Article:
The Hawaii House of Representatives will vote Friday on a civil unions bill that, based on a head count, has the votes to pass out of the House and go back to the Hawaii Senate for consideration.
If the Senate likes what it sees — several key senators have indicated that they will accept the House’s amended version of Senate Bill 232 — civil unions legislation will be sent to Gov. Neil Abercrombie this month.
As introduced, SB 232 was identical to House Bill 444, the bill vetoed by Gov. Linda Lingle last July. Only the implementation date was changed.
But on Tuesday, the House Judiciary Committee amended the measure based on several recommendations from the Hawaii Attorney General’s Office.
In written testimony, Attorney General David Louie and Deputy Attorney General Heide Rian wrote that the unamended bill “would be legally viable and defensible” but that it contained “some omissions and ambiguities that could make implementation difficult.”
To improve the bill’s chances, Louie and Rian proposed five changes, four of which were adopted by House Judiciary.
The amended SB 232 is now a stronger, more equitable bill. But it still falls short in key areas, according to the AG’s office and a major civil unions advocacy group.
First, let’s look at the recommendations of the attorneys general — what the House Judiciary accepted, and what it did not.
• Applying all provisions of the Internal Revenue Code that apply to a husband and wife in Hawaii to a civil unions couple.
• Giving Family Court jurisdiction over annulment, divorce and separation of civil unions.
• Making sure that language denoting “the spousal relationship” is codified.
• Strengthening the bill’s section addressing the recognition of out-of-state civil unions in Hawaii.
Rep. Gil Keith-Agaran, chairman of House Judiciary, told Civil Beat that his committee felt that the additional language will help government agencies such as the Department of Health in administering civil unions should they become law.
• Granting civil unions partners the same status as married individuals when it comes to adoption. State law currently only allows an unmarried person or any person married to the legal father or mother of a minor child, or a husband and wife jointly, to adopt a child.
Why did House Judiciary pass on the recommendation?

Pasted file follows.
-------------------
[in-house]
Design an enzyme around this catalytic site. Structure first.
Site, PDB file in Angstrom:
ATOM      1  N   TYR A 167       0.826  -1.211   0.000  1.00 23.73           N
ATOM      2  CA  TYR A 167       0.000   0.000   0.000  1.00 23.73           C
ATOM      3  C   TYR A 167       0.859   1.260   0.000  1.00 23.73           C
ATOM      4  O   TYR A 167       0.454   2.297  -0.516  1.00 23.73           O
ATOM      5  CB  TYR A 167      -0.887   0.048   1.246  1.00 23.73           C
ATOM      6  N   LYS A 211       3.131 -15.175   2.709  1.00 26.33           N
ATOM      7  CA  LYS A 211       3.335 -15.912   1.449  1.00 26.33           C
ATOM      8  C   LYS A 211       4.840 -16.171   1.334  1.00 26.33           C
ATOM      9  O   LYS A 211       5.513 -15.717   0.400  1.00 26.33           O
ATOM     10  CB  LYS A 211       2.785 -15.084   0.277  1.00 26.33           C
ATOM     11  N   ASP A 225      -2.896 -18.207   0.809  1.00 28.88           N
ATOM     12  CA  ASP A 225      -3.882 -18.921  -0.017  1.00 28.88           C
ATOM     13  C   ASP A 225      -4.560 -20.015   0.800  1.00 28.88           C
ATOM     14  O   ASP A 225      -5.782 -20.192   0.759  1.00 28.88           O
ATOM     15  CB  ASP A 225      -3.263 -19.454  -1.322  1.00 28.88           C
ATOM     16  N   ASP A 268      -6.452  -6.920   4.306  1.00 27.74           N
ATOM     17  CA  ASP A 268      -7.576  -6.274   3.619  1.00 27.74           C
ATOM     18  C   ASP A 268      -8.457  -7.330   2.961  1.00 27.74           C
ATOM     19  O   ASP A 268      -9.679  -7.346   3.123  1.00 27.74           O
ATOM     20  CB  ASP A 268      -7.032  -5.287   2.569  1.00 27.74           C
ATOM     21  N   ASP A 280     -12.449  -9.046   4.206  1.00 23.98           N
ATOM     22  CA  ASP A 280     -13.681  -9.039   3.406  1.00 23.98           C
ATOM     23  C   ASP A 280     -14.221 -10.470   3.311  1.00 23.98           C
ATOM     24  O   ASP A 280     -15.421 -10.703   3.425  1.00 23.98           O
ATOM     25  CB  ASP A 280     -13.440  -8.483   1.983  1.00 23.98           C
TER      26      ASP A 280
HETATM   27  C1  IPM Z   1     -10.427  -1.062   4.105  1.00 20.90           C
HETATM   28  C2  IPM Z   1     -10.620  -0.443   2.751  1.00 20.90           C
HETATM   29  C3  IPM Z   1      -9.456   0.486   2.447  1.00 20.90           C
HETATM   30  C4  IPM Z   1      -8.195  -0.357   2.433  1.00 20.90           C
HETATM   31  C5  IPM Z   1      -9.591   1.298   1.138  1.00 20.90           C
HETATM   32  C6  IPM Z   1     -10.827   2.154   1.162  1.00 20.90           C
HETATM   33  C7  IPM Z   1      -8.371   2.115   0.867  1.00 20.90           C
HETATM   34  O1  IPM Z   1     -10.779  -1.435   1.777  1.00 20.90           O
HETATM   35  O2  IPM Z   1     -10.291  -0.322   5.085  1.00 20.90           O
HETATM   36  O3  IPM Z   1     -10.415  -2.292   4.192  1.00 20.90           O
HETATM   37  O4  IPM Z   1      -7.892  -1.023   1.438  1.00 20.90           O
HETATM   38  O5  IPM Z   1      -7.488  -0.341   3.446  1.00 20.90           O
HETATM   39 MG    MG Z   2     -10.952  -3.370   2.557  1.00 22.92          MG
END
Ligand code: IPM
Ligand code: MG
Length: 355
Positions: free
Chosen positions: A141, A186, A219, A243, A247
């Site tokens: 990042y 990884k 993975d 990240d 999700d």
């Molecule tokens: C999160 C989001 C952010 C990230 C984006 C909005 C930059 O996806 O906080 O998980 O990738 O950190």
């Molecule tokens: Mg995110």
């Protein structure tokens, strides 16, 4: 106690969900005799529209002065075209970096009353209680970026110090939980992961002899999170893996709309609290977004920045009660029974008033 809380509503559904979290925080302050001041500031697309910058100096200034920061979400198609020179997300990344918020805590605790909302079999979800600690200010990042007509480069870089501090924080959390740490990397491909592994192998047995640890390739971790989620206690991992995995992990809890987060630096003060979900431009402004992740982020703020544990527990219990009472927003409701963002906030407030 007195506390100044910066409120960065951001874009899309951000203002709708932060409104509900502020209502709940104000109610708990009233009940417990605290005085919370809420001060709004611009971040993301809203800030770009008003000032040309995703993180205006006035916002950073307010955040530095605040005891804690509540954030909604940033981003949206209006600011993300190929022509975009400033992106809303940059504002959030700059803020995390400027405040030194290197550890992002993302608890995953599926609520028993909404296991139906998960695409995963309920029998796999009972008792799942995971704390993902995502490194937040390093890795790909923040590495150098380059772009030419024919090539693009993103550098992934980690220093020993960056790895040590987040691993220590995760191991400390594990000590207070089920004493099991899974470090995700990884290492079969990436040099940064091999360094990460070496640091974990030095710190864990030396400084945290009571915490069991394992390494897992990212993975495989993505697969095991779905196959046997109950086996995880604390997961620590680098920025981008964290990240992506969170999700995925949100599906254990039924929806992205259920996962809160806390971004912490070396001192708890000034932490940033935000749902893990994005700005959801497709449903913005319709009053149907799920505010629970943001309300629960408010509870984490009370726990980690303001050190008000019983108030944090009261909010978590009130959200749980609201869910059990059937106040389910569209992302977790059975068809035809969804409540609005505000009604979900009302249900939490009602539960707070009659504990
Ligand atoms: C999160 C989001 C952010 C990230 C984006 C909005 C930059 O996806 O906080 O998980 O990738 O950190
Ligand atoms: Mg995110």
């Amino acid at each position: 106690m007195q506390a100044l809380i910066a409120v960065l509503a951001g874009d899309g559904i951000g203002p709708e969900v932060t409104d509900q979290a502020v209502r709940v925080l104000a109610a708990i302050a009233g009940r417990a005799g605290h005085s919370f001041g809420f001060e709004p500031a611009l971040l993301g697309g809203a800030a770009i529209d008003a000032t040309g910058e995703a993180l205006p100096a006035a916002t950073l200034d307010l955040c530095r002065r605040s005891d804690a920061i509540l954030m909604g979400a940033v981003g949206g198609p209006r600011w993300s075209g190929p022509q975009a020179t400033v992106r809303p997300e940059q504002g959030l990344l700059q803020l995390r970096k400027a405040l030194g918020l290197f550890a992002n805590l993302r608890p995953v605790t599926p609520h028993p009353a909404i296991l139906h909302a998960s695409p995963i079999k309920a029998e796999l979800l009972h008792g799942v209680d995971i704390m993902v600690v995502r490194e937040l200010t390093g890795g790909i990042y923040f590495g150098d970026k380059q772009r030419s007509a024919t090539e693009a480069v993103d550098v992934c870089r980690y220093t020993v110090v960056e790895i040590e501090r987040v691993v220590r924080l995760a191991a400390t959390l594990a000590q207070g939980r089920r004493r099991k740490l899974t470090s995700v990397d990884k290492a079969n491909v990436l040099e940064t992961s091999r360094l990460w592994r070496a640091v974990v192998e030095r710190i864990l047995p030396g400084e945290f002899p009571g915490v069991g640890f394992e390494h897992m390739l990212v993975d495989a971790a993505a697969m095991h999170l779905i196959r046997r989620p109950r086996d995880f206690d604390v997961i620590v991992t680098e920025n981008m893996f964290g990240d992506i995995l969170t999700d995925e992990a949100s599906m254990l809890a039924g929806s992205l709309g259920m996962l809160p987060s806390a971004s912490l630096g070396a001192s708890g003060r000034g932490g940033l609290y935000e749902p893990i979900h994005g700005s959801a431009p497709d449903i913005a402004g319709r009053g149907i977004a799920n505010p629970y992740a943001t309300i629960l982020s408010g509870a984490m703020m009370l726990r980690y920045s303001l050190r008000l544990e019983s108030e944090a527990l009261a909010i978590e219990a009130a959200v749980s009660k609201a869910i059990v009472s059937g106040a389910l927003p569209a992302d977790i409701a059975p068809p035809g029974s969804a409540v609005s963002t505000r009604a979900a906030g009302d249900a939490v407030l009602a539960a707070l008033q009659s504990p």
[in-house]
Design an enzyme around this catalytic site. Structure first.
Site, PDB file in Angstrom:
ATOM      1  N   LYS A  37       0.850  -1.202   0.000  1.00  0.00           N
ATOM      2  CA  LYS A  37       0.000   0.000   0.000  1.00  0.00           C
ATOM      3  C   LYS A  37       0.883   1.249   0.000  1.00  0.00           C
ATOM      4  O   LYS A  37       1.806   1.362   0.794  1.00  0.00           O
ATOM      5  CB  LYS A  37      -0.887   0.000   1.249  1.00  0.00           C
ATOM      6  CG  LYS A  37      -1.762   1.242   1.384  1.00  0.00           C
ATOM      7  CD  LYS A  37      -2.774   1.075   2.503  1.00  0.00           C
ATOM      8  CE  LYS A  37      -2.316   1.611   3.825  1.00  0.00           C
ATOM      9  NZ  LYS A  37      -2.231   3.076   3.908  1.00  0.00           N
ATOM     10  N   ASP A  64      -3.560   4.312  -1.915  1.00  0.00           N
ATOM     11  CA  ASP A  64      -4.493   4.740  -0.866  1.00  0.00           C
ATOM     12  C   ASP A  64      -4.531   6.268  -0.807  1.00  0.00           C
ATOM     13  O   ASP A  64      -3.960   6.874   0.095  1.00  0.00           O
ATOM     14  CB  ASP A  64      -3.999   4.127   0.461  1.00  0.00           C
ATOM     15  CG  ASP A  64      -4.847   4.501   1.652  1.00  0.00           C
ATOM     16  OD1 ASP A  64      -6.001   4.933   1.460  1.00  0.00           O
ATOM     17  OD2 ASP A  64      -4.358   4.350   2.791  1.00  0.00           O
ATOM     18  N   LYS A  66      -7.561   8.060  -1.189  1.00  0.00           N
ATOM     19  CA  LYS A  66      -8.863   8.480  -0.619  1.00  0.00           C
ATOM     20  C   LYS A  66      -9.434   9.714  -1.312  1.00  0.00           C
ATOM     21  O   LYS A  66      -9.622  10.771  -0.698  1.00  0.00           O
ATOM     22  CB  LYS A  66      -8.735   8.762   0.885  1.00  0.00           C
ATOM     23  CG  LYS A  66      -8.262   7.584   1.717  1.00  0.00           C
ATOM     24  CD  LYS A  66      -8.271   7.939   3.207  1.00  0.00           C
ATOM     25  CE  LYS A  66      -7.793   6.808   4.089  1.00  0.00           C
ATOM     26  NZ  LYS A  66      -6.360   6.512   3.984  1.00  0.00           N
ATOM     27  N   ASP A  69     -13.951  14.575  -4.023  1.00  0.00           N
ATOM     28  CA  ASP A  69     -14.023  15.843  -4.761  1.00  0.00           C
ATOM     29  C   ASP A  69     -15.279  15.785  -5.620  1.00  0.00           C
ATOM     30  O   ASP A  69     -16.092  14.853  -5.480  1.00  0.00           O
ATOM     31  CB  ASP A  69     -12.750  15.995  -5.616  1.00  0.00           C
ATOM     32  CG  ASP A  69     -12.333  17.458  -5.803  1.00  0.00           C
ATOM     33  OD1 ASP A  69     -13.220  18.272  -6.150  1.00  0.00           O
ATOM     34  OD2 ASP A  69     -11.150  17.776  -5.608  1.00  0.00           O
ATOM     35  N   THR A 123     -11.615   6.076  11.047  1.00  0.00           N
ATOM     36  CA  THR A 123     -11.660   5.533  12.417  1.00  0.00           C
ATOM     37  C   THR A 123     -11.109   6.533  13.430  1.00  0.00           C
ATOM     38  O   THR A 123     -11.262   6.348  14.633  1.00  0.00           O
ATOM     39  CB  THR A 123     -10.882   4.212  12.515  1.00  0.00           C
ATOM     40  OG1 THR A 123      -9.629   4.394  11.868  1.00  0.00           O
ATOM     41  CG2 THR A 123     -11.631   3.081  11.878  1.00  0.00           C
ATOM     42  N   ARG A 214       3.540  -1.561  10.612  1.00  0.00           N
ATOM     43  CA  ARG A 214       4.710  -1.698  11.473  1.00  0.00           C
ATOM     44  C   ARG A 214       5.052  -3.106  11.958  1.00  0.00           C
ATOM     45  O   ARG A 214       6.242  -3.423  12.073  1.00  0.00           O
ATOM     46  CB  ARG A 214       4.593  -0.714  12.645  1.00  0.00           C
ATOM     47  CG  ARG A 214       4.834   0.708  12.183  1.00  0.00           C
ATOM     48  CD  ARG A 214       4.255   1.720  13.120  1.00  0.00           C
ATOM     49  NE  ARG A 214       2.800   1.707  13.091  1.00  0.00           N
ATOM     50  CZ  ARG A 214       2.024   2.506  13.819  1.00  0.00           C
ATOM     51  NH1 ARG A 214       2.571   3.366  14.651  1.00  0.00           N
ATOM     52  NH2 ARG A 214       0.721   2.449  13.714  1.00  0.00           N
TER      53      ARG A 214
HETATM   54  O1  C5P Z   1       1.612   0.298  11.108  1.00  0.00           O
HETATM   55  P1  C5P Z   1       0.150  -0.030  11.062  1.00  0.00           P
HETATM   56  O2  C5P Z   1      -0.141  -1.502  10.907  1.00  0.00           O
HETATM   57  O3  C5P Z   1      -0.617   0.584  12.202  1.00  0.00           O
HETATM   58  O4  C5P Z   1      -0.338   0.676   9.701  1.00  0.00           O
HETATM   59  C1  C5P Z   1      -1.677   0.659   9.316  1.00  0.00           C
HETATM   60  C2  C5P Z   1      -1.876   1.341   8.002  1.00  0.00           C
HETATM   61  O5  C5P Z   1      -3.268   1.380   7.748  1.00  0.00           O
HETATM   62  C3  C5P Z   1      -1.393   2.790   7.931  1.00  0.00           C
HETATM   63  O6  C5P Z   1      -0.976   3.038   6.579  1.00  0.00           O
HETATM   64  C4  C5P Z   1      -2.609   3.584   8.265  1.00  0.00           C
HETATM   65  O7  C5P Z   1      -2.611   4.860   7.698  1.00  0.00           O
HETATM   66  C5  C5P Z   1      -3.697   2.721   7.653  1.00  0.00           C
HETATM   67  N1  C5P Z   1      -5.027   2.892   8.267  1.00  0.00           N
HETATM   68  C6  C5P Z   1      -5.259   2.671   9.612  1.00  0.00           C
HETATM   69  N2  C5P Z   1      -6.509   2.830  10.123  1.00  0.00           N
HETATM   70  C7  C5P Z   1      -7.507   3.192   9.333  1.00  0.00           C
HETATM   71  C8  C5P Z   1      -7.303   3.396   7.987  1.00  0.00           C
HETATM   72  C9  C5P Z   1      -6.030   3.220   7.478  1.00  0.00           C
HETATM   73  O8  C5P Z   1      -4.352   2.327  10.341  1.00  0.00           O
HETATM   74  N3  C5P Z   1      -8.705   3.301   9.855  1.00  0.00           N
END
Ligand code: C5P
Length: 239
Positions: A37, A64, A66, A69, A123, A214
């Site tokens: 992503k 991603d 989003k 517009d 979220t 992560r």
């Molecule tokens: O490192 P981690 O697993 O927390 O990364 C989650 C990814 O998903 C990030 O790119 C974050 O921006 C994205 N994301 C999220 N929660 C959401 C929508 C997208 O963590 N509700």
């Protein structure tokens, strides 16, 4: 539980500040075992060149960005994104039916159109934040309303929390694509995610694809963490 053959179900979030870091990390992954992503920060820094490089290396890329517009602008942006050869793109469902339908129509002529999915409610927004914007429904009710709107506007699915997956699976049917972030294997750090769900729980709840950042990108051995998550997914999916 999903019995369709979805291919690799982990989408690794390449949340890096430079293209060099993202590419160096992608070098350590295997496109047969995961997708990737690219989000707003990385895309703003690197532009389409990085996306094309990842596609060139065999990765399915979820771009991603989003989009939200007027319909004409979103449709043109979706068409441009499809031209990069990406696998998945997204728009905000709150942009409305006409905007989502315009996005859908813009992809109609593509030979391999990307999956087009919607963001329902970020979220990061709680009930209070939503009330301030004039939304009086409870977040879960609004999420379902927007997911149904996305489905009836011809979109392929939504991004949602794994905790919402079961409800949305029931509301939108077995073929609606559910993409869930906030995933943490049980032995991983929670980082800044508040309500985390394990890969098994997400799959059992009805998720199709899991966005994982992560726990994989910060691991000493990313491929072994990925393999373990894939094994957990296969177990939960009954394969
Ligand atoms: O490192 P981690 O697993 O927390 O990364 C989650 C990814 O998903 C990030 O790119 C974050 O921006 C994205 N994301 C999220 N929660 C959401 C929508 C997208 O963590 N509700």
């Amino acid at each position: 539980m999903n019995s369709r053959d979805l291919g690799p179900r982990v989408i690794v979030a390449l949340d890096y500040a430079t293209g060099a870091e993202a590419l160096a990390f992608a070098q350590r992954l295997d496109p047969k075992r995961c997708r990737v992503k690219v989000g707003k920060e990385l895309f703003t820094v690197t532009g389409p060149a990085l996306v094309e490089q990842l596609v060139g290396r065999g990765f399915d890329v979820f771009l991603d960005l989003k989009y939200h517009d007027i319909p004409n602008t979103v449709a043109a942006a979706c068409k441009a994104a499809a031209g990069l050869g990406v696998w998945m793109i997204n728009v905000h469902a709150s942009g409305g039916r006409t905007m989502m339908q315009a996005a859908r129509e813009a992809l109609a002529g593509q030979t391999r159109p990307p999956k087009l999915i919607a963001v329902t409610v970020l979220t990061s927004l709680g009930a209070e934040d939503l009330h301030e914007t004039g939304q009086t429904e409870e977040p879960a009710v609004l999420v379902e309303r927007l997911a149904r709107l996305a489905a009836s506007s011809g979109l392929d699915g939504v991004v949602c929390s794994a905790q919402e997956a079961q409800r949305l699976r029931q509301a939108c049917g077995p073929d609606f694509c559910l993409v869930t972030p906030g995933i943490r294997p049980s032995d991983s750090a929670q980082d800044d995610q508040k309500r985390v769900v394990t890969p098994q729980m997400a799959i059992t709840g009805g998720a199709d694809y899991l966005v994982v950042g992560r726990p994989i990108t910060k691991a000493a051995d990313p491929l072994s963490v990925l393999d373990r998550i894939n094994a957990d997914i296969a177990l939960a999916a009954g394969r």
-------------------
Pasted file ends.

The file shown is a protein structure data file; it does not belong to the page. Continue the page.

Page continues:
Keith-Agaran would only say, “We didn’t think we needed to.”
Now, let’s look at the recommendations of Citizens for Equal Rights, an advocacy group representing more than 1,000 members of the community both straight and gay.
In its testimony, President Rachel Orange called SB 232 “a hopeful step in the direction of providing equality and justice for all families through civil unions.”
But Orange also suggested 10 amendments “that would assist in the ease of implementation and interpretation. … Common decency and our sense of justice and aloha demand it.”
Only three of those amendments were accepted — the recommendations of the attorneys general on tax returns, termination and out-of-state unions.
The eight that were rejected included similar concerns about SB 232’s language on recognizing out-of-state civil unions, and the lack of language on adoptions.
Others address workers’ compensation benefits, health and retirement benefits for surviving spouses.
Keith-Agaran said he reviewed the recommendations.
There was also a Feb. 1 memo from Deputy Attorney General Rian to House Majority Leader Blake Oshiro that raised many of the same points and was read by many lawmakers.
“But what I was more interested in doing was making sure that the state agencies that have to implement SB 232 are comfortable with the bill we are putting out,” said Keith-Agaran.
Will SB 232 pass the House Friday?
“I think that the vote on the floor is always hard to predict,” Keith-Agaran said. “We just need a simple majority, but a simple majority of members (Democrats) is preferred. Obviously, some have rethought their positions. This is one of those issues where members have very different views on things. I leave it up to leadership to determine and I’ll guess we’ll what happens.”
As for passage on the Senate floor, Keith-Agaran expected Senate Judiciary and Labor Chairman Clayton Hee to fully consider the bill.
“He did not have the benefit of the AG when he heard his bill, but he is a very reasonable person and he will look at our draft — assuming it passes out of the House — sometime next week,” he said. “Then he will let us know if this issue is done for the session or not.”
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